MONTGOMERY, Ala. (WHNT) – There was a decision Wednesday in Montgomery that will have a big impact Alabama’s homeless pet population.
The Alabama State Board of Veterinary Medical Examiners unanimously voted down Rule No. 930-X-1-.39. The rule would have made it illegal for licensed veterinarians to work for non-veterinarian owned organizations and could have resulted in the closure of the state’s non-profit spay-neuter clinics.
Mindy Gilbert, Alabama state director for The Humane Society of the United States, says 20 people spoke in opposition at Wednesday’s hearing and no one spoke in favor of the rule.
State Sen. Bill Holtzclaw (R-Madison) was one of five lawmakers who wrote an eleventh-hour letter to the state board of veterinary medical examiners. The legislators asked board members to hold off on a proposed rule change for the clinics, with the promise that lawmakers would address concerns over how the clinics operate when they return to Montgomery next spring.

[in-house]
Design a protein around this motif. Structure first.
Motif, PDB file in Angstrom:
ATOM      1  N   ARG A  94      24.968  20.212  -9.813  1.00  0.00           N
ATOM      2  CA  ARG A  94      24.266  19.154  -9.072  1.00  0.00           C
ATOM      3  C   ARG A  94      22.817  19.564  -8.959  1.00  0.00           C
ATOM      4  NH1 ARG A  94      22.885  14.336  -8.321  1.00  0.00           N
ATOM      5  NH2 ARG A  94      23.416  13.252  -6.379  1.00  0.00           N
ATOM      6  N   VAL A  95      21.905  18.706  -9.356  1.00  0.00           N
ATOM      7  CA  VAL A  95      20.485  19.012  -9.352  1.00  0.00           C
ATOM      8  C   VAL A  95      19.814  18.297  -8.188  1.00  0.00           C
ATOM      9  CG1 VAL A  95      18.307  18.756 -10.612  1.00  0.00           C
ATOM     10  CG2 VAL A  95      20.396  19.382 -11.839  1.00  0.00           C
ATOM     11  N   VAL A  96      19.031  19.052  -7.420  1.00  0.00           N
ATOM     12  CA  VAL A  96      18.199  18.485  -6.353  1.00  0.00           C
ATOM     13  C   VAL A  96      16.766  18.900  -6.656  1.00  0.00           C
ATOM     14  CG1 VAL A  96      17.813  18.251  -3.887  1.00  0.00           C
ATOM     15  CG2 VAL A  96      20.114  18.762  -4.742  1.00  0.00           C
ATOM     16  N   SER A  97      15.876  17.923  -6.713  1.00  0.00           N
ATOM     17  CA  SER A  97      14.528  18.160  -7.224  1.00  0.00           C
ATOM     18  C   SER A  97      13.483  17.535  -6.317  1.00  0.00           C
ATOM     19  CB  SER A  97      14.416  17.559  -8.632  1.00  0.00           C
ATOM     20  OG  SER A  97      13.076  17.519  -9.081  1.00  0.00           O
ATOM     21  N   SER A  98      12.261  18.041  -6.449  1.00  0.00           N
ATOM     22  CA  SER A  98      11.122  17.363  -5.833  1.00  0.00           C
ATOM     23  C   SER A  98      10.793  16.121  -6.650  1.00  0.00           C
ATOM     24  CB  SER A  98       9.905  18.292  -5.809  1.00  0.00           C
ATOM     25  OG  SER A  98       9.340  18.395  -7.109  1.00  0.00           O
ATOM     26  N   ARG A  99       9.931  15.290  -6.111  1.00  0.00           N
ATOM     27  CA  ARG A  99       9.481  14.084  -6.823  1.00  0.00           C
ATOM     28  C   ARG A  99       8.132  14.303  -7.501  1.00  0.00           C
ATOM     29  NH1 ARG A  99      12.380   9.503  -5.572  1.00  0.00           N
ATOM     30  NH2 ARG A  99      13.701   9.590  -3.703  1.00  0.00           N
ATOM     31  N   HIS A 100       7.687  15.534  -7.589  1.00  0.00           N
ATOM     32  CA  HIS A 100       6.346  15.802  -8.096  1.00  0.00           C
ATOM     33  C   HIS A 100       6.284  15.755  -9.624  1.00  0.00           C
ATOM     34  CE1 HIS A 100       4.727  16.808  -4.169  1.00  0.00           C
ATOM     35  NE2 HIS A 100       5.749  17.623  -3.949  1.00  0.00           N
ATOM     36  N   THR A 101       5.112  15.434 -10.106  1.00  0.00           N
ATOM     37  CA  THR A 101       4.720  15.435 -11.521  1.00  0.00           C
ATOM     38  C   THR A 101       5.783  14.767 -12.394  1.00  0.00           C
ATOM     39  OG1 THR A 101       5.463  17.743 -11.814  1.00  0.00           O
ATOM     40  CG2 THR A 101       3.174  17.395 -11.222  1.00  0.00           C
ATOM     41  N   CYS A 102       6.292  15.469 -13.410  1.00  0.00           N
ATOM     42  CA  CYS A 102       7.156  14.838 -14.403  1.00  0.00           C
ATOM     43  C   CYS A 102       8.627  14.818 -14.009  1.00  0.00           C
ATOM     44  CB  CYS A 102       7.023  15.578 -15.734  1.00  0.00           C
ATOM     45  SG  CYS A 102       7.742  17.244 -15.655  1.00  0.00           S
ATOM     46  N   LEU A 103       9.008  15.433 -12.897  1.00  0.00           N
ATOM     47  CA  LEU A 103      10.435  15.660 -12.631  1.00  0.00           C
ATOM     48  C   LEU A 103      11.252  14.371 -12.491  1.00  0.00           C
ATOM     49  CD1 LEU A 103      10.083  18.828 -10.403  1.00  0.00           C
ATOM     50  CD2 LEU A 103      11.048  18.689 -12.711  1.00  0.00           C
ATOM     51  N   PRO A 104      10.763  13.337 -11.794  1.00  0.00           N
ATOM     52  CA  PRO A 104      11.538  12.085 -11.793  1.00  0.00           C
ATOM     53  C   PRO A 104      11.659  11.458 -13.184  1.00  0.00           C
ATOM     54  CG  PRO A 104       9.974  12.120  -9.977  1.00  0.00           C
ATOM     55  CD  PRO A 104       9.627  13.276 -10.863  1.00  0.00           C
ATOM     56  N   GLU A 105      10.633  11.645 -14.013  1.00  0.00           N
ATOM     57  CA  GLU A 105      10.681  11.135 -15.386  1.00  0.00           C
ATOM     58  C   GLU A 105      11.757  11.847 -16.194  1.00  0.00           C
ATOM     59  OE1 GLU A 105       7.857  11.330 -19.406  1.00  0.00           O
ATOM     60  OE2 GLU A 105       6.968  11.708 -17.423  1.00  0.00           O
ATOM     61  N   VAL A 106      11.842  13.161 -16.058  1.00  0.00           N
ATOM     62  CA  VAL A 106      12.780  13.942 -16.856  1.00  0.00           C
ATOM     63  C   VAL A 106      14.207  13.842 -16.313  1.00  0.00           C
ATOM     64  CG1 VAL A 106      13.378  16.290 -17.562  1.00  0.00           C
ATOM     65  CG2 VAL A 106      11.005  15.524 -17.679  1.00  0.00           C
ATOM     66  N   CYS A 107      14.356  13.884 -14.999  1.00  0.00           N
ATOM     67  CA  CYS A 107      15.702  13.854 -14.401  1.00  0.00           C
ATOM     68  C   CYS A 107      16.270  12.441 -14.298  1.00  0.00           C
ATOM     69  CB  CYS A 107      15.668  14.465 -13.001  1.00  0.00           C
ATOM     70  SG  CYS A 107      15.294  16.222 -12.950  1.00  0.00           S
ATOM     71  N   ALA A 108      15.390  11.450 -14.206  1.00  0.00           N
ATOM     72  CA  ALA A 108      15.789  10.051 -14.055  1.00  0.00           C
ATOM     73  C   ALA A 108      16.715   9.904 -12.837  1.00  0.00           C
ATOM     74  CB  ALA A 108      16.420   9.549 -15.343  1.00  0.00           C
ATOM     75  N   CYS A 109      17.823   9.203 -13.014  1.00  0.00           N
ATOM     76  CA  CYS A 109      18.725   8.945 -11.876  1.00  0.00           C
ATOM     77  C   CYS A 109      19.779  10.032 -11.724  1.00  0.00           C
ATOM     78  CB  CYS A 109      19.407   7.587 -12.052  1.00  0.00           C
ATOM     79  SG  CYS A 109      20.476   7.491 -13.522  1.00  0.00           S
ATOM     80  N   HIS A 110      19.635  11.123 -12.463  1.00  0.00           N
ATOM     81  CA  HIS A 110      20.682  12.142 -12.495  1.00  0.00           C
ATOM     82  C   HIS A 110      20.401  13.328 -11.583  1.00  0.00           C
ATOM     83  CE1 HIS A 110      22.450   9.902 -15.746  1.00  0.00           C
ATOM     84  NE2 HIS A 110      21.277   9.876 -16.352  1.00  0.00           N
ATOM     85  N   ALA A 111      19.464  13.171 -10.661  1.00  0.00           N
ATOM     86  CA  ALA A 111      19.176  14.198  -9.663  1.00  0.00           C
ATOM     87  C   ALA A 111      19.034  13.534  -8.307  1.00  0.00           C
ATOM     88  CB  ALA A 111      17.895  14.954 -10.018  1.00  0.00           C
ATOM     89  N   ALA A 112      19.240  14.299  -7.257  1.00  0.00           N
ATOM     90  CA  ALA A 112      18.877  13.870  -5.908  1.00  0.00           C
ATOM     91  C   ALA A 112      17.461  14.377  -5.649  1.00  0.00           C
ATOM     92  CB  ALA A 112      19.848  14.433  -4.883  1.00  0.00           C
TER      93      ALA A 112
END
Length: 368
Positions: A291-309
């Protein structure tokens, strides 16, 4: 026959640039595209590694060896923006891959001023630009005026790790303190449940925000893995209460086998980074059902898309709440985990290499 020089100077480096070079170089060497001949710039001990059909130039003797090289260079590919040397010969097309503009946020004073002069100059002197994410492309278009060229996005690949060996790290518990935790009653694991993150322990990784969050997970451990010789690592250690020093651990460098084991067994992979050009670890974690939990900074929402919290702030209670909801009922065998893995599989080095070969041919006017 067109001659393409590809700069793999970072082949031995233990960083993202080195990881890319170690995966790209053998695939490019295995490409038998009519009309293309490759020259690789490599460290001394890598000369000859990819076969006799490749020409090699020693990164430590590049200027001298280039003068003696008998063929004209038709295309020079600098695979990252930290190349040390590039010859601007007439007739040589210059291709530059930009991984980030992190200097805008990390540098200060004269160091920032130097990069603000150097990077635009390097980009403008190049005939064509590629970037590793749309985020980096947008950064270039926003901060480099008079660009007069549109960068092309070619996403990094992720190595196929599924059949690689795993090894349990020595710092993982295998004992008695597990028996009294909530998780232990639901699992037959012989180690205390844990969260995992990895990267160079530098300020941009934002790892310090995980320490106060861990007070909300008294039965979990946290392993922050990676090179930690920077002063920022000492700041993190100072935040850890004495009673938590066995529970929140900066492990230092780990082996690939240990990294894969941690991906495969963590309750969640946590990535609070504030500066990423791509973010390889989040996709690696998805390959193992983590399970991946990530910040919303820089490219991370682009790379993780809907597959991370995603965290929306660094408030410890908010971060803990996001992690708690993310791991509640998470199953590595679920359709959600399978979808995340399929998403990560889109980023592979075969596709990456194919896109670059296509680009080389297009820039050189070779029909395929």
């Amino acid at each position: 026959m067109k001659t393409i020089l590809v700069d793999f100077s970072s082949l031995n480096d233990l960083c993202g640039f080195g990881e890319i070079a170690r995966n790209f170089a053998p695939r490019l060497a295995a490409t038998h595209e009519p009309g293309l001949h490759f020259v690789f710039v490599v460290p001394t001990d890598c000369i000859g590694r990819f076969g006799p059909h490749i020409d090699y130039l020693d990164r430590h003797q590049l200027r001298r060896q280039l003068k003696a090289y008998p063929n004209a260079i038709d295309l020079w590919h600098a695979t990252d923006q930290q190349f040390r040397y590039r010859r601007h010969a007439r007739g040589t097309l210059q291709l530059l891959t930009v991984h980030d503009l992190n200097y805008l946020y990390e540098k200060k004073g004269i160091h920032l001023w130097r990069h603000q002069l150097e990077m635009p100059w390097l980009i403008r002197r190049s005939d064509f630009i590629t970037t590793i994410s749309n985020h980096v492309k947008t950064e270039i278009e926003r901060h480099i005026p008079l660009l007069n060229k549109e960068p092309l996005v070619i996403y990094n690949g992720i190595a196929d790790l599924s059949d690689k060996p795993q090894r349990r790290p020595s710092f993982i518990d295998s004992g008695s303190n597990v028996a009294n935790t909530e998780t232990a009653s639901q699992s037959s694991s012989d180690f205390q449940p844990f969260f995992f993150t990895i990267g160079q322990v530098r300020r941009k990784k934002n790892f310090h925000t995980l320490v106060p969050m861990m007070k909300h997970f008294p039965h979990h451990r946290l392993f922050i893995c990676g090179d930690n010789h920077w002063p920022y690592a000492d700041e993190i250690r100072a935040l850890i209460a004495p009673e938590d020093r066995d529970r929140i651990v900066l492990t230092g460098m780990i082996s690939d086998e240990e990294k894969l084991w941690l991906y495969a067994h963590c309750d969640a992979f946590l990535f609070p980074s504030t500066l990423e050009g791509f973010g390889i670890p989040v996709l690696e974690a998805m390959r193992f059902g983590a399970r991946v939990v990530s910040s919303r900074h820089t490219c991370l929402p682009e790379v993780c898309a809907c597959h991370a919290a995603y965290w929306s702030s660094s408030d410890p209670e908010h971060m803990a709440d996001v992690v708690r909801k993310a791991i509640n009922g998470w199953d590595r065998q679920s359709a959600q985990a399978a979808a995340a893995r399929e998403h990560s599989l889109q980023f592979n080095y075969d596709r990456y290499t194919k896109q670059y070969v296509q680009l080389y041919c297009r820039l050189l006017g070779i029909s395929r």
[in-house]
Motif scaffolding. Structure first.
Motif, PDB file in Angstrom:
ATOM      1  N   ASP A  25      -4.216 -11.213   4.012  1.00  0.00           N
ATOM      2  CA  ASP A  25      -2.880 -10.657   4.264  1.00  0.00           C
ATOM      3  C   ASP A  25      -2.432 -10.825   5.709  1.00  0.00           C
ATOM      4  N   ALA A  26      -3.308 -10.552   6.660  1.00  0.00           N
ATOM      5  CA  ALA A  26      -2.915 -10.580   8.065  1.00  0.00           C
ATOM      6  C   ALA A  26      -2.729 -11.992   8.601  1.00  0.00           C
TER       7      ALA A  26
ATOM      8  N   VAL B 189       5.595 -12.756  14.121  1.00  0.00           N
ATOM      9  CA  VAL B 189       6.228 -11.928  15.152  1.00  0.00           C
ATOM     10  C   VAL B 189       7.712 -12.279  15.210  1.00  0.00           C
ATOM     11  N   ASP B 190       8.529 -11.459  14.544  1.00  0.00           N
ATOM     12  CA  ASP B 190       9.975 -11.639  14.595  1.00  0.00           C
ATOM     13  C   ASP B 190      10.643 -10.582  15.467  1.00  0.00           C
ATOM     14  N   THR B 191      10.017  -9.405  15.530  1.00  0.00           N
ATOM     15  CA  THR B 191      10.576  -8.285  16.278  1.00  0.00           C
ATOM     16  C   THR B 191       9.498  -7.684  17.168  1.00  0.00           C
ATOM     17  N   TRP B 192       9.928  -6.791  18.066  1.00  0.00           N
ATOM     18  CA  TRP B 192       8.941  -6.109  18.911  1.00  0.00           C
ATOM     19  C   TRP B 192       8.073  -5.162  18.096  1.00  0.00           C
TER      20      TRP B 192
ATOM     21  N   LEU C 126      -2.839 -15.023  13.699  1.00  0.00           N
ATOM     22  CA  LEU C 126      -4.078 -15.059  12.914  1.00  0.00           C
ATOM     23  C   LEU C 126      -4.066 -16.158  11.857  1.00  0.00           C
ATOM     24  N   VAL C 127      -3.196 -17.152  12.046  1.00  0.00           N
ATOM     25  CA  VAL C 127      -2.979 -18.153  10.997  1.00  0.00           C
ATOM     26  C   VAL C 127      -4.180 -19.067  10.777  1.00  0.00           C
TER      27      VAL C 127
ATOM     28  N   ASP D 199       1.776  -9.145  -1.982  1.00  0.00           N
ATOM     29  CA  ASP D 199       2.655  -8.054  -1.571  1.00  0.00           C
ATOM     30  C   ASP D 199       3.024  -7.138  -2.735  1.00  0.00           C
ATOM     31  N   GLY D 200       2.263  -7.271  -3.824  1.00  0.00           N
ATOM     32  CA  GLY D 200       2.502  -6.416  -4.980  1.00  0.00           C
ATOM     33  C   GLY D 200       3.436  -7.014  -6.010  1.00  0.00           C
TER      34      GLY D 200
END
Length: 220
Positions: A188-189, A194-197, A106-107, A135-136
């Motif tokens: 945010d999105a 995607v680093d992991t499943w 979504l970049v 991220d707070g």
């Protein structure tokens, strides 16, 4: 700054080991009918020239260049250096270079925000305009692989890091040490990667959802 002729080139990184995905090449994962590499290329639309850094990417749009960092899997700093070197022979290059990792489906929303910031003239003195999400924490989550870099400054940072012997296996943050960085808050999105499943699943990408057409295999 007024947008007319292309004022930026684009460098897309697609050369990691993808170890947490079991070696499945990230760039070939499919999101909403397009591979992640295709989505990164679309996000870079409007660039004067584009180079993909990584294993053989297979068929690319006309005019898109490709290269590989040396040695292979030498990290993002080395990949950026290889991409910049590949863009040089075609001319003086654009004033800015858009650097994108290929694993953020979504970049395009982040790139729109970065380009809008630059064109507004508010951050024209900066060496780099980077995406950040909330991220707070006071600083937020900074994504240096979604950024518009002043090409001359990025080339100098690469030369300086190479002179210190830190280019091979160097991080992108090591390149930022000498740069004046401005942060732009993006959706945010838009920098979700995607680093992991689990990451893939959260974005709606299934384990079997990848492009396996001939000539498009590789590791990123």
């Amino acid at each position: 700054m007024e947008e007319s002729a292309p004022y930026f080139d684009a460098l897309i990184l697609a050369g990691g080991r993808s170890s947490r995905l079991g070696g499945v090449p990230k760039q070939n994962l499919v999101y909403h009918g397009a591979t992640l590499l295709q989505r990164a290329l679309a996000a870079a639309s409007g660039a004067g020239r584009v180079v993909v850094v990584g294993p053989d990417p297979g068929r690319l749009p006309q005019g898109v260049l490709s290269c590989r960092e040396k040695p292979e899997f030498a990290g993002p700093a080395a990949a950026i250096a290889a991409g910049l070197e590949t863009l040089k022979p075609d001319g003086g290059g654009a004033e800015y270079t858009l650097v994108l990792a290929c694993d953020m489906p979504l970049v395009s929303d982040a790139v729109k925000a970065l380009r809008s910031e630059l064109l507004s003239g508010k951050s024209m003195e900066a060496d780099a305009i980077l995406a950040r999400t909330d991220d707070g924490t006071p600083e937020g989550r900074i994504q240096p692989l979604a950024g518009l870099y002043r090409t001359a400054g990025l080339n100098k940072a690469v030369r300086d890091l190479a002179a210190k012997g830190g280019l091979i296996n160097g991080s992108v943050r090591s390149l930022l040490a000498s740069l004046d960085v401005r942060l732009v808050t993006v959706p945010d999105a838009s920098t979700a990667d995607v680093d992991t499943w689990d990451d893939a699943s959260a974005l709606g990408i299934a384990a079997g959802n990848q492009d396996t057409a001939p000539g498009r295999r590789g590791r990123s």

“This is a better outcome,” said Holtzclaw, who praised the ruling. “I’m glad the board took the time to look at this and decided it was best not to take action…Allowing the right thing to be done with respect to the lives of those pets, as opposed to situations where we have an out of control pet population.”
Some veterinary groups have accused the clinics of performing additional services besides just spaying and neutering, allegations that would constitute a violation of the law. Private veterinarians say it also gives the clinics an unfair price advantage, hurting their own private practices.